Oral History Interviews

Interviews that offer unique insights into the lives, works, and personalities of modern scientists

Manfred Biondi remembers how he was able to follow his own path during graduate work to make new discoveries.

Oral history audio excerpt

Manfred Biondi remembers how he was able to follow his own path during graduate work to make new discoveries.

Cameron:

Okay. In your graduate work, did you more or less follow along with what they wanted you to do? [No.] Or did you have your own interests?

 

Biondi:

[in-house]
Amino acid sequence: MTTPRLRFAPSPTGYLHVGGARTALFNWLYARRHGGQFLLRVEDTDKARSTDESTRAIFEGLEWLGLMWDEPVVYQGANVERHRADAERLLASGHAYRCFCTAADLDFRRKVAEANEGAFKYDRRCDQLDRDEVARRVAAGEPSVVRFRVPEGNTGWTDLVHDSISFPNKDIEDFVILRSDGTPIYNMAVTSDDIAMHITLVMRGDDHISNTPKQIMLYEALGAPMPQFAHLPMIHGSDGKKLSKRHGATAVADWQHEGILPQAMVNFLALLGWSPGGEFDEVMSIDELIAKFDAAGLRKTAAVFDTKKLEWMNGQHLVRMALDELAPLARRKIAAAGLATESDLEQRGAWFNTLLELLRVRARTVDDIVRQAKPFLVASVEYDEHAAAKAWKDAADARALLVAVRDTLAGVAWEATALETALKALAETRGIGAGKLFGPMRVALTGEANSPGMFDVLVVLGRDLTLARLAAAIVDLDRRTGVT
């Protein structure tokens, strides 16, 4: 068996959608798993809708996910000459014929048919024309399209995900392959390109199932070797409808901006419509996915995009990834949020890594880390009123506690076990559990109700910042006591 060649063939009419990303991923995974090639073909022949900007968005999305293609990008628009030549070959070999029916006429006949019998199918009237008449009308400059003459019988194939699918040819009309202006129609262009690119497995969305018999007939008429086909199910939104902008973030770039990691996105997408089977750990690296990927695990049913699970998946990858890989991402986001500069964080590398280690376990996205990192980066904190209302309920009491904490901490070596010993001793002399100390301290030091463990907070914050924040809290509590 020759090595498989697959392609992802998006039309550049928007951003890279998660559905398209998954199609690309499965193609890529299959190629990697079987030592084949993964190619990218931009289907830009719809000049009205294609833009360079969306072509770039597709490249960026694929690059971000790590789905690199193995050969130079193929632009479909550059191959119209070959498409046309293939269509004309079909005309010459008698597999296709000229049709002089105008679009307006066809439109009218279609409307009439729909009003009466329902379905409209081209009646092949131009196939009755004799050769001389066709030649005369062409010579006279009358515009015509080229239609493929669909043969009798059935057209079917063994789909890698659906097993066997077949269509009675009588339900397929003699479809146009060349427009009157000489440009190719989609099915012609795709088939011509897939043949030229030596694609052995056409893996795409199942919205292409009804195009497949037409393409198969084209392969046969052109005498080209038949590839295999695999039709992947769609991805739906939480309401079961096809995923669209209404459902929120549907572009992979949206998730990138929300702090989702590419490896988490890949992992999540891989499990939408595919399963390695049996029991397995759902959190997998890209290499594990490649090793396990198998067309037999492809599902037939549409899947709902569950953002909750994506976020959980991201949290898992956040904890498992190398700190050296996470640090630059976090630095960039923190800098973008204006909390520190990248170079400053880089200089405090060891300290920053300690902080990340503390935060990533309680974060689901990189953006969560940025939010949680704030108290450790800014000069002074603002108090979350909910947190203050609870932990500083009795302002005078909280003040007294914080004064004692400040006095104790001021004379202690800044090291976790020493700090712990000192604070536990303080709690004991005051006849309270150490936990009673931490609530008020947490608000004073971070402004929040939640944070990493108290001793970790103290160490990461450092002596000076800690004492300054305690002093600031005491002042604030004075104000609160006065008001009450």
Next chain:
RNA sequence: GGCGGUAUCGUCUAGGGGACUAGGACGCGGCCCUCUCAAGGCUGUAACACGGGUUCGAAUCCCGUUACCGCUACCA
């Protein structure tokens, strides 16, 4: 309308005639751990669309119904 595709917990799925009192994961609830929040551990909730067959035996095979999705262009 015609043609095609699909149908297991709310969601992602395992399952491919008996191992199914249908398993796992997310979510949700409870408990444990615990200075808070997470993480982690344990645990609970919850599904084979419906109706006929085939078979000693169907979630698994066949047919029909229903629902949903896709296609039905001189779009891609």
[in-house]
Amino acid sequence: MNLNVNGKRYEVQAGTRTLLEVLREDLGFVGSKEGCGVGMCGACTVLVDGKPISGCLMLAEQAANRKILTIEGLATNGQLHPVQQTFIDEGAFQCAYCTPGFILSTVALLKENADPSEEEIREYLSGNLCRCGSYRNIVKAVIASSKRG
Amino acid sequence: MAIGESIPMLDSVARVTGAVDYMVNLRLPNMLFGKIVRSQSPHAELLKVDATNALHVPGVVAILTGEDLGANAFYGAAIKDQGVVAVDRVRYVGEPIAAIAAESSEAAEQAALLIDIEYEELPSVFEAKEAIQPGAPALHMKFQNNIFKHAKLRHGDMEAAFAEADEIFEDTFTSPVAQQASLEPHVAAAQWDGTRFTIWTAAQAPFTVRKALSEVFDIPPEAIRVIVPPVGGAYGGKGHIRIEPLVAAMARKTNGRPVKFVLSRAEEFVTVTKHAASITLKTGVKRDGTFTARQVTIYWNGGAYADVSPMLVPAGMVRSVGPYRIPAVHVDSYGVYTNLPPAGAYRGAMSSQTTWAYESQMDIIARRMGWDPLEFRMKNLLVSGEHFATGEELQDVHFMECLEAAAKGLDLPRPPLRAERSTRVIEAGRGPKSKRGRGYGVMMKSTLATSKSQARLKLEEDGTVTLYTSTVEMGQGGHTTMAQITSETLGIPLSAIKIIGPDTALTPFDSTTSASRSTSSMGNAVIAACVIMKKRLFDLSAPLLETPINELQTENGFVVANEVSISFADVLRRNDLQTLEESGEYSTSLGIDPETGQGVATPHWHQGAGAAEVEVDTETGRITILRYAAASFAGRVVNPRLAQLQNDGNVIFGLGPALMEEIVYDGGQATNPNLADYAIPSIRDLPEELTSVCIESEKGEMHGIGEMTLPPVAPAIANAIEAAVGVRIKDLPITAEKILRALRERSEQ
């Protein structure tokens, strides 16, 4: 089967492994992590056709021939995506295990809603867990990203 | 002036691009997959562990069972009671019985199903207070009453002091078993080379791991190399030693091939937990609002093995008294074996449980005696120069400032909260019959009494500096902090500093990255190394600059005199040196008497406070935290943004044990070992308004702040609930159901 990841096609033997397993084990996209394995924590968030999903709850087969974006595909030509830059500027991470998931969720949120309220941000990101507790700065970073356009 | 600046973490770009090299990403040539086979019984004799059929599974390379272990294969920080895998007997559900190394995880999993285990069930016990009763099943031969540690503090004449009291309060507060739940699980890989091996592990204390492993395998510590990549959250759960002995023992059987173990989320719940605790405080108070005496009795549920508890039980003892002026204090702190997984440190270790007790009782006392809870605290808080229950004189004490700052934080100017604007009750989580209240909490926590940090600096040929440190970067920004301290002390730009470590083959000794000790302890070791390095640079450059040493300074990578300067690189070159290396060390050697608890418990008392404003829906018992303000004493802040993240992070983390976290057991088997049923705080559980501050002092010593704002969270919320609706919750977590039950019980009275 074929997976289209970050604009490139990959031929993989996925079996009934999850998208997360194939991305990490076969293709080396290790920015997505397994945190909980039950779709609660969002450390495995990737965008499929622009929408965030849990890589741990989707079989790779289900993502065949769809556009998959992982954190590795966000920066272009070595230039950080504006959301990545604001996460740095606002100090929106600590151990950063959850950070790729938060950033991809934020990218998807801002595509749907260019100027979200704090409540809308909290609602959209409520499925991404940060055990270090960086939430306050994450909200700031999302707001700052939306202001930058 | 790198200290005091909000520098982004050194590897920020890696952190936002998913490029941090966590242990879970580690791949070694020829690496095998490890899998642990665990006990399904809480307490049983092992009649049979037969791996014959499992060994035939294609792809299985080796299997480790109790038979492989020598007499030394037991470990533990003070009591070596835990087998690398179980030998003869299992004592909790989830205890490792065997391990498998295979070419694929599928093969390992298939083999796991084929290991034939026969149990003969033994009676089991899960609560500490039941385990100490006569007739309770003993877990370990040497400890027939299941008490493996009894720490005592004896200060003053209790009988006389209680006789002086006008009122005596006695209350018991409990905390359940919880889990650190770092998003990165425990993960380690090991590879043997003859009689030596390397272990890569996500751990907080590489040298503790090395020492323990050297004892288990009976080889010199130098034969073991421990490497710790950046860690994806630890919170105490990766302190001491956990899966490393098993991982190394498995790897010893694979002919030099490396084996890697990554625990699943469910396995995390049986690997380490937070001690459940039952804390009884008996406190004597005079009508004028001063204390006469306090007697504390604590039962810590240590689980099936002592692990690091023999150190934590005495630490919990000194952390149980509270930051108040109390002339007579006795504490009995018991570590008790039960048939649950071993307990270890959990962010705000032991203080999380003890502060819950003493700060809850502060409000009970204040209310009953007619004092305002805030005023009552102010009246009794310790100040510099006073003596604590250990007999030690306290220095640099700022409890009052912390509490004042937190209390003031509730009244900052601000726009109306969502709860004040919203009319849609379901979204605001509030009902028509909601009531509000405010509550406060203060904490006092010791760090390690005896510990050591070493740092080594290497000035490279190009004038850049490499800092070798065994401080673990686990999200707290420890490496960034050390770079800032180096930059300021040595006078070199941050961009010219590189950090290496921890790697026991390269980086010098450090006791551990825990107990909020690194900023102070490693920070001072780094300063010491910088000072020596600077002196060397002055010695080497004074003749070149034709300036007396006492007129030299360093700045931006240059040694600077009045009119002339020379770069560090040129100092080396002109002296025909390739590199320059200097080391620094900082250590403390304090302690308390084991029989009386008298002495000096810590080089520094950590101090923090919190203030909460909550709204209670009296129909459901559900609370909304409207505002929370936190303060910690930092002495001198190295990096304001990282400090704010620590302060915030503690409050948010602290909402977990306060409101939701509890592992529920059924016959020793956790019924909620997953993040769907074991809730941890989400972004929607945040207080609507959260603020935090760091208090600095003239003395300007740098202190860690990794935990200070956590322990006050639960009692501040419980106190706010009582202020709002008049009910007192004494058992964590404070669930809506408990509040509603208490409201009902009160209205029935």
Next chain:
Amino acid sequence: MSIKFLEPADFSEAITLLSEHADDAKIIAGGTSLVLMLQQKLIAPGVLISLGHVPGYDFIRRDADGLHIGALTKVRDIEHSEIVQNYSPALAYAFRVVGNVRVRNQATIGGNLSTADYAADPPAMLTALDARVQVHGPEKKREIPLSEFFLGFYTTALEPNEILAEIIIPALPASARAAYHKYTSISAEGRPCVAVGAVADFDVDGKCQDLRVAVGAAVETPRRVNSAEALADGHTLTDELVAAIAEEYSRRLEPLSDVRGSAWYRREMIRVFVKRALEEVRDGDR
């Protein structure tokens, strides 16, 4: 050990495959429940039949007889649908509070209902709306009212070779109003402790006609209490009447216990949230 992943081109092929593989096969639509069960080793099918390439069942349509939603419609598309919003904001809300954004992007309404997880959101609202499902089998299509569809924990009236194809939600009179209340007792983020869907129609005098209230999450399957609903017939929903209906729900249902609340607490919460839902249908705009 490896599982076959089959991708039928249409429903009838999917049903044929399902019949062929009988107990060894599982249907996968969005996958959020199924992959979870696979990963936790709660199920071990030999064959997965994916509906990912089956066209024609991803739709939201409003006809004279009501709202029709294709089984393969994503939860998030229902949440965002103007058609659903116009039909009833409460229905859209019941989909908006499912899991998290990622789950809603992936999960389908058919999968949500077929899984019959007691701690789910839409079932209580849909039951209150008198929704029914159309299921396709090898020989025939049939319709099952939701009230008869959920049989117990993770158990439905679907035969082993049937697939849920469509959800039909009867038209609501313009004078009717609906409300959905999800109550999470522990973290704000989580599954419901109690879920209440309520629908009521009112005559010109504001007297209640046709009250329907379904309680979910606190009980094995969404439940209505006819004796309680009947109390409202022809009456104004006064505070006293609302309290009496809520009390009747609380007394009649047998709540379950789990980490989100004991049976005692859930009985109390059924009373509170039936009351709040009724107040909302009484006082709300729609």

We were in a virgin field. We were just discovering things right and left, and that was the really neat part about it. I mean you could show your professor something he didn't know anything about. No, I lucked out, and as I say, I got to make an ionized gas and watch it disappear and try to figure out what was causing it to disappear after you turned off the excitation source. That’s how I discovered a couple of things — and things I had to show my professor, not the other way around. So I’d say that we were turned loose. We had the equipment. We had people there to help us, but pretty much you sort of made your own way, at least with the group I was in. For some groups which were working on complicated microwaves, effectively instrumentation of studying things, the professor had to really sort of tell the people what they had to be doing. In our case, the apparatus we used was on that level simple compared to what they were trying to develop, and so the student could actually do it.